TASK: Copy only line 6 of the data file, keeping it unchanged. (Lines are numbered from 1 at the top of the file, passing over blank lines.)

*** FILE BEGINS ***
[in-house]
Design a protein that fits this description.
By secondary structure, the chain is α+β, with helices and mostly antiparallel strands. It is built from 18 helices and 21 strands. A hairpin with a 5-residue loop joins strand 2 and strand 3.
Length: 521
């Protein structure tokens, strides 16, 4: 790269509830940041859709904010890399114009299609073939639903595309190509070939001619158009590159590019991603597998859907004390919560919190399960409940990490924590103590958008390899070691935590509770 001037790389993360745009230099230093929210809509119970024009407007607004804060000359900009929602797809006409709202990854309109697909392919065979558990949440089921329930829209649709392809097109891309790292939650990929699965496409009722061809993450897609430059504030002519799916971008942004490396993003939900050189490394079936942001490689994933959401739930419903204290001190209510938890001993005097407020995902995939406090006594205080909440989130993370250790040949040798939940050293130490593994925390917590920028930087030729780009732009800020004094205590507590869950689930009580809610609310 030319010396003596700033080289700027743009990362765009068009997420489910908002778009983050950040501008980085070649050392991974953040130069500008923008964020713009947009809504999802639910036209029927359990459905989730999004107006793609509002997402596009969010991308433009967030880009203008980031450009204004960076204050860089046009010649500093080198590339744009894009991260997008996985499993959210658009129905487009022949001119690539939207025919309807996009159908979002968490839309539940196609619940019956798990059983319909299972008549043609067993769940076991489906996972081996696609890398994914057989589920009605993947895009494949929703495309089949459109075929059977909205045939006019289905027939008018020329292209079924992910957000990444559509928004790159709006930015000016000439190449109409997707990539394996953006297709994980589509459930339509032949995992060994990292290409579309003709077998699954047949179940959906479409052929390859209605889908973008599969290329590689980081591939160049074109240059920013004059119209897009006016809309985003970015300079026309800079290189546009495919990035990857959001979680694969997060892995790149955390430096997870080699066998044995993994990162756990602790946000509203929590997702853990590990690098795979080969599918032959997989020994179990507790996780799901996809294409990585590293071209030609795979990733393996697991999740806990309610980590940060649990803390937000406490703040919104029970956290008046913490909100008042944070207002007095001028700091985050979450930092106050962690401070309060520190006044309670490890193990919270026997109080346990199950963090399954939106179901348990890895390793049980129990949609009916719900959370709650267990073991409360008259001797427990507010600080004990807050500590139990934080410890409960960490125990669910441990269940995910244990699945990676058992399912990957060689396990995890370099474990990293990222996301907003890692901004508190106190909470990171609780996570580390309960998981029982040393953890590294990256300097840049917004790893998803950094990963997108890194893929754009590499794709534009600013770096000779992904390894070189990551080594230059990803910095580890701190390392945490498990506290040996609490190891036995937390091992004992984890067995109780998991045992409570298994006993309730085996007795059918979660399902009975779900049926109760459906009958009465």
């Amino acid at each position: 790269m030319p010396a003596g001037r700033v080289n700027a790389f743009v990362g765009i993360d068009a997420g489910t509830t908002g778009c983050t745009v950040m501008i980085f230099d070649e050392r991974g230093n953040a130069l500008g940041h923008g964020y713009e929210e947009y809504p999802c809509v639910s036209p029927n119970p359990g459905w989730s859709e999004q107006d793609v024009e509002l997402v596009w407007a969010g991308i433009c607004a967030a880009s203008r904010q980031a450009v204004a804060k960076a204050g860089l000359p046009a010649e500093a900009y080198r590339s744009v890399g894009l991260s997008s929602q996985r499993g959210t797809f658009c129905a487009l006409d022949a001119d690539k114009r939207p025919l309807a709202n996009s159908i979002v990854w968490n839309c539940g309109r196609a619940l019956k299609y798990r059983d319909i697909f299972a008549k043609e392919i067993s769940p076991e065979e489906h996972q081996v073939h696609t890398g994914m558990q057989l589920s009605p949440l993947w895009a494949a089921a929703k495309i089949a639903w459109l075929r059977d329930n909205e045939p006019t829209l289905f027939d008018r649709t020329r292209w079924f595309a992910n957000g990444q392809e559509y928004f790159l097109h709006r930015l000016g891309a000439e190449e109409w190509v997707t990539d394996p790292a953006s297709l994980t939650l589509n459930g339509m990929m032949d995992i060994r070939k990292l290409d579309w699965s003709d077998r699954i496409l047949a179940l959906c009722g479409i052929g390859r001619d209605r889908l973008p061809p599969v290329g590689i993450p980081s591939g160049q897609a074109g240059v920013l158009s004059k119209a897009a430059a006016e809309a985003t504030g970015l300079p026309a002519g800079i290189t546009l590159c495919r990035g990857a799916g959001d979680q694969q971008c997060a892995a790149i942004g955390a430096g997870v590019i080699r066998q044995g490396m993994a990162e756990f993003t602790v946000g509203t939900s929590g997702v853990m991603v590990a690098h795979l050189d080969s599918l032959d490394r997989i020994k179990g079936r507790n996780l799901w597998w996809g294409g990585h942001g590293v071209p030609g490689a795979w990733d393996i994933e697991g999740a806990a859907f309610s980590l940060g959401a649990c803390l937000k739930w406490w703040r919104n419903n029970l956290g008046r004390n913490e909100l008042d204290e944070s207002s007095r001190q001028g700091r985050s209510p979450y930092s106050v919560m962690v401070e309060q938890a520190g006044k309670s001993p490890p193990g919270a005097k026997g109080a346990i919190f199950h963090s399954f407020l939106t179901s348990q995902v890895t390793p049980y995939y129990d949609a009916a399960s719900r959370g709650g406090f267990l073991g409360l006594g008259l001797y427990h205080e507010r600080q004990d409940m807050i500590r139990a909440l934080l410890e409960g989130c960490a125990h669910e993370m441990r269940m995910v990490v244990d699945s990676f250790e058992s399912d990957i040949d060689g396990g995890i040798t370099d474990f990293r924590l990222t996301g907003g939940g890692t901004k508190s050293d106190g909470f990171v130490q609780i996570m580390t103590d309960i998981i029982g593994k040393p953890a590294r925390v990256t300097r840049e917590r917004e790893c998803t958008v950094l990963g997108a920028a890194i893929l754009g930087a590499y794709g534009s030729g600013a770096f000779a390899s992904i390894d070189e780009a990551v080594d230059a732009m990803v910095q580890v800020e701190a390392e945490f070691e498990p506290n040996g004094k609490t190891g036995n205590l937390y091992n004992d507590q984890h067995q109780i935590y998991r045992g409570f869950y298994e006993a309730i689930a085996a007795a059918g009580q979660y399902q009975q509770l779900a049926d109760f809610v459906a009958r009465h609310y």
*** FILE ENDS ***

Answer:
């Amino acid at each position: 790269m030319p010396a003596g001037r700033v080289n700027a790389f743009v990362g765009i993360d068009a997420g489910t509830t908002g778009c983050t745009v950040m501008i980085f230099d070649e050392r991974g230093n953040a130069l500008g940041h923008g964020y713009e929210e947009y809504p999802c809509v639910s036209p029927n119970p359990g459905w989730s859709e999004q107006d793609v024009e509002l997402v596009w407007a969010g991308i433009c607004a967030a880009s203008r904010q980031a450009v204004a804060k960076a204050g860089l000359p046009a010649e500093a900009y080198r590339s744009v890399g894009l991260s997008s929602q996985r499993g959210t797809f658009c129905a487009l006409d022949a001119d690539k114009r939207p025919l309807a709202n996009s159908i979002v990854w968490n839309c539940g309109r196609a619940l019956k299609y798990r059983d319909i697909f299972a008549k043609e392919i067993s769940p076991e065979e489906h996972q081996v073939h696609t890398g994914m558990q057989l589920s009605p949440l993947w895009a494949a089921a929703k495309i089949a639903w459109l075929r059977d329930n909205e045939p006019t829209l289905f027939d008018r649709t020329r292209w079924f595309a992910n957000g990444q392809e559509y928004f790159l097109h709006r930015l000016g891309a000439e190449e109409w190509v997707t990539d394996p790292a953006s297709l994980t939650l589509n459930g339509m990929m032949d995992i060994r070939k990292l290409d579309w699965s003709d077998r699954i496409l047949a179940l959906c009722g479409i052929g390859r001619d209605r889908l973008p061809p599969v290329g590689i993450p980081s591939g160049q897609a074109g240059v920013l158009s004059k119209a897009a430059a006016e809309a985003t504030g970015l300079p026309a002519g800079i290189t546009l590159c495919r990035g990857a799916g959001d979680q694969q971008c997060a892995a790149i942004g955390a430096g997870v590019i080699r066998q044995g490396m993994a990162e756990f993003t602790v946000g509203t939900s929590g997702v853990m991603v590990a690098h795979l050189d080969s599918l032959d490394r997989i020994k179990g079936r507790n996780l799901w597998w996809g294409g990585h942001g590293v071209p030609g490689a795979w990733d393996i994933e697991g999740a806990a859907f309610s980590l940060g959401a649990c803390l937000k739930w406490w703040r919104n419903n029970l956290g008046r004390n913490e909100l008042d204290e944070s207002s007095r001190q001028g700091r985050s209510p979450y930092s106050v919560m962690v401070e309060q938890a520190g006044k309670s001993p490890p193990g919270a005097k026997g109080a346990i919190f199950h963090s399954f407020l939106t179901s348990q995902v890895t390793p049980y995939y129990d949609a009916a399960s719900r959370g709650g406090f267990l073991g409360l006594g008259l001797y427990h205080e507010r600080q004990d409940m807050i500590r139990a909440l934080l410890e409960g989130c960490a125990h669910e993370m441990r269940m995910v990490v244990d699945s990676f250790e058992s399912d990957i040949d060689g396990g995890i040798t370099d474990f990293r924590l990222t996301g907003g939940g890692t901004k508190s050293d106190g909470f990171v130490q609780i996570m580390t103590d309960i998981i029982g593994k040393p953890a590294r925390v990256t300097r840049e917590r917004e790893c998803t958008v950094l990963g997108a920028a890194i893929l754009g930087a590499y794709g534009s030729g600013a770096f000779a390899s992904i390894d070189e780009a990551v080594d230059a732009m990803v910095q580890v800020e701190a390392e945490f070691e498990p506290n040996g004094k609490t190891g036995n205590l937390y091992n004992d507590q984890h067995q109780i935590y998991r045992g409570f869950y298994e006993a309730i689930a085996a007795a059918g009580q979660y399902q009975q509770l779900a049926d109760f809610v459906a009958r009465h609310y």